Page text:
Mixing Memories: A Journey to Cognac & Rémy Martin Cellar
In the early 1980s when my husband and I lived in Chicago, we would often spend our Friday nights after work at the Acorn On Oak. The Acorn was a wonderful old place and a bit of a Chicago institution, known for its piano player and the best burgers in the city. We would always manage to stick around after dinner, enjoying the music and the cast of local regulars. I would order a glass of sherry, and Herb would have a cognac, Rémy Martin VSOP.
My memories of those days came bubbling up to the surface as I was planning our itinerary for our cruise from Lisbon to London on the Crystal Symphony. There it was, at the port of La Rochelle, France: An excursion to the town of Cognac, with a specially arranged tasting at Rémy Martin Cellar. I could almost hear the Acorn on Oak piano player as I signed up for tour. It didn’t matter that Herb hadn’t had a cognac in decades or that I had never even tried it! We just had to go.
It was raining hard when we arrived at the port of La Pallice near La Rochelle. The wind was picking up as well, having a great time turning my umbrella inside-out as we walked down the gangway. Most of the Rémy Martin tour would be inside, but the first leg of our excursion was to the town of Saintes, and it seemed doubtful to me that we would be able to do much sightseeing.
Saintes is about an hour southeast of La Rochelle and has a history that goes back to Roman times. We stopped at the Gallo-Roman Amphitheatre, which was constructed between 40 and 50 A.D., and the 19 A.D. Arc de Germanicus.
Our final stop in Saintes was the Abbaye aux Dames, an 11th century abbey that is used today as a music venue. We were not able to go inside.
I found Saintes to be one of those places that is worth stopping by if you’re in the area, but not a must-do destination. It’s always important to view places for what they are, for their history, without drawing comparisons to grander sights. Sometimes these off-the-beaten-path towns are a real surprise, becoming an unexpected favorite of the trip. But for me, not this time.
The rain was still refusing to clear as we made our way to Cognac. We drove through the old part of the city and stopped for lunch at Les Pigeons Blancs before our tour of Rémy Martin.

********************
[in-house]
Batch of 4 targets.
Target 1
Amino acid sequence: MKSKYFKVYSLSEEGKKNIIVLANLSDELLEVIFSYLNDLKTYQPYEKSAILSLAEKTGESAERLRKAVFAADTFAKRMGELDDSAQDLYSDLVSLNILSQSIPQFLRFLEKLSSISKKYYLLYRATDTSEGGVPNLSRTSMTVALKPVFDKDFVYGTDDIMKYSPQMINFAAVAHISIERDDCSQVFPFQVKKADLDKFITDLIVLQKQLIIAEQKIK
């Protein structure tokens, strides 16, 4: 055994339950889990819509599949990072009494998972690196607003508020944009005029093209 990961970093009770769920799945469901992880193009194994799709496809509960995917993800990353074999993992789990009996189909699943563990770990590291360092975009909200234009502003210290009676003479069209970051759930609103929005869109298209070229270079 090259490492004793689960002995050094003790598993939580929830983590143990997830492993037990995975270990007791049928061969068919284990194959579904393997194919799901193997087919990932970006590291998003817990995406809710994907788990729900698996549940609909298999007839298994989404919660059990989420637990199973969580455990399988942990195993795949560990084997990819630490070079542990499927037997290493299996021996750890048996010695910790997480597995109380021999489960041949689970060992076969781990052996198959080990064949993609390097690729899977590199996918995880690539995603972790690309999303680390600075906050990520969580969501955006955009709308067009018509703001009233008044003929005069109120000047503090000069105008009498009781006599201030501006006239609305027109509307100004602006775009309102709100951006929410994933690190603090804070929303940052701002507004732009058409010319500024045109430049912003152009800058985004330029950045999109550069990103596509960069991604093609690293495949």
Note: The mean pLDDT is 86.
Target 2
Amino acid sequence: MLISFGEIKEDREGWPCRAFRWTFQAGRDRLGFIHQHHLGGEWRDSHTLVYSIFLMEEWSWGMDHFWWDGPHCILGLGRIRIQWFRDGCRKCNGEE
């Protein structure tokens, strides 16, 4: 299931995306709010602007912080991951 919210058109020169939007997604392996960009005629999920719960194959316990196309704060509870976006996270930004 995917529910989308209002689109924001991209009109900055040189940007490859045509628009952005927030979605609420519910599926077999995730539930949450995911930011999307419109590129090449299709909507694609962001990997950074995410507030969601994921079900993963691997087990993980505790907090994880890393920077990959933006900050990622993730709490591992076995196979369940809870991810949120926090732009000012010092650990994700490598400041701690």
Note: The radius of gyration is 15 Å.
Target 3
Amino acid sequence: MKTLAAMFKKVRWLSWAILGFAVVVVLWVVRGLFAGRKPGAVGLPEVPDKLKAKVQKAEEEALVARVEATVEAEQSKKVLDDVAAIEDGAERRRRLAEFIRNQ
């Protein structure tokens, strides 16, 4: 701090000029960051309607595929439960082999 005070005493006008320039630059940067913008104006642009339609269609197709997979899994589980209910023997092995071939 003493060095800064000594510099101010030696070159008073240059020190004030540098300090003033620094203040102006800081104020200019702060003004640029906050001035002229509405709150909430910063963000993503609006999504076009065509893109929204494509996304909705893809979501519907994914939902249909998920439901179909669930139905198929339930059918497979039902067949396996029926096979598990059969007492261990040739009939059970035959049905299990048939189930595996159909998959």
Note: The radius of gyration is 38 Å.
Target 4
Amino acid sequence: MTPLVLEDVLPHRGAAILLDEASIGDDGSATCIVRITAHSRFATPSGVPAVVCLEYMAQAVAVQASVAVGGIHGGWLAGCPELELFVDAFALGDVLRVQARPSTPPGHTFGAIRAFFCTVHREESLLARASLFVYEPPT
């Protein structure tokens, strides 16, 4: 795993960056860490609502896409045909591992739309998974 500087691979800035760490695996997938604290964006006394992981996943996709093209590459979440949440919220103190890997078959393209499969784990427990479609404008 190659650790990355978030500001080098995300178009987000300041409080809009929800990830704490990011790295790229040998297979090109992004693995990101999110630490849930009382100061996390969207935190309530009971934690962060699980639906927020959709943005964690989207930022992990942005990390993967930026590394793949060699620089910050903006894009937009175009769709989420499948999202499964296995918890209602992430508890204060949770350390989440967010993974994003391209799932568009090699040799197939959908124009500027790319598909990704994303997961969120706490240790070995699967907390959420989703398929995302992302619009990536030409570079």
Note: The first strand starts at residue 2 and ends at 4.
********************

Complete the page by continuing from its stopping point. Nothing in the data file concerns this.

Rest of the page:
The Rémy Martin grounds are expansive, with low-rise stone buildings that have the feel of an old-world campus. It’s an understated sort of place that doesn’t seem to draw attention to itself. A simple sign that sits above a water lily-filled pond tells visitors where they are.
We were greeted by our guide, who told us we would be visiting several buildings but would not be allowed to take pictures until the tasting at the end of the tour. She led us outside to a Disneyland-like tram, which transported us to our first stop.
The tour was impeccably professional and filled with information about all things cognac. Our guide told us that Rémy Martin, which was founded in 1724, is one of the houses in France’s Cognac region that is still French-owned. She talked about eau de vie – the “water of life” – a clear, colorless fruit brandy that is produced by distilling wine and aging it in wood barrels. In order to be granted the name Cognac, it must be produced in a specific geographic region and adhere to strict regulations.
The most interesting thing to me was learning about the cellar master – there is only one – who is responsible for keeping the taste and smell of today’s cognac exactly the same as the original blend. This is especially critical with the Louis XIII, the house’s Grand Champagne Cognac that can take up to 100 years to perfect. It’s extremely pricy – about $2,800 – and is bottled in Baccarat crystal. We were taken to the Louis XIII cellar, where our guide spoke in a hushed, almost reverent tone as she described the years of work that go into producing the premium blend.
Our final stop was the tasting room, where we sampled VSOP and XO cognacs. We were served canapés of different flavors before each tasting, which our guide said can impact how we react to the cognac. She explained that although most people think of it as an after-dinner beverage, it can be served before a meal if paired with the right appetizer.
I was surprisingly intrigued with the taste of the cognac, but it was the smell that got to my senses, transporting me to another time and place as we sat at our shiny metal table in the orange-hued tasting room.
If this blog post were a movie, I would be ending with a fade-out to our twenty-something selves listening to the piano player at the Acorn On Oak. As the music would play, the camera would pan to a glass of Rémy Martin VSOP. Sadly, I don’t even have a photo of the old place. But that’s the great thing about memories. Everything is all there inside us, filed away and ready to be revisited. All it takes is a familiar thought, or sometimes, a smell from long ago.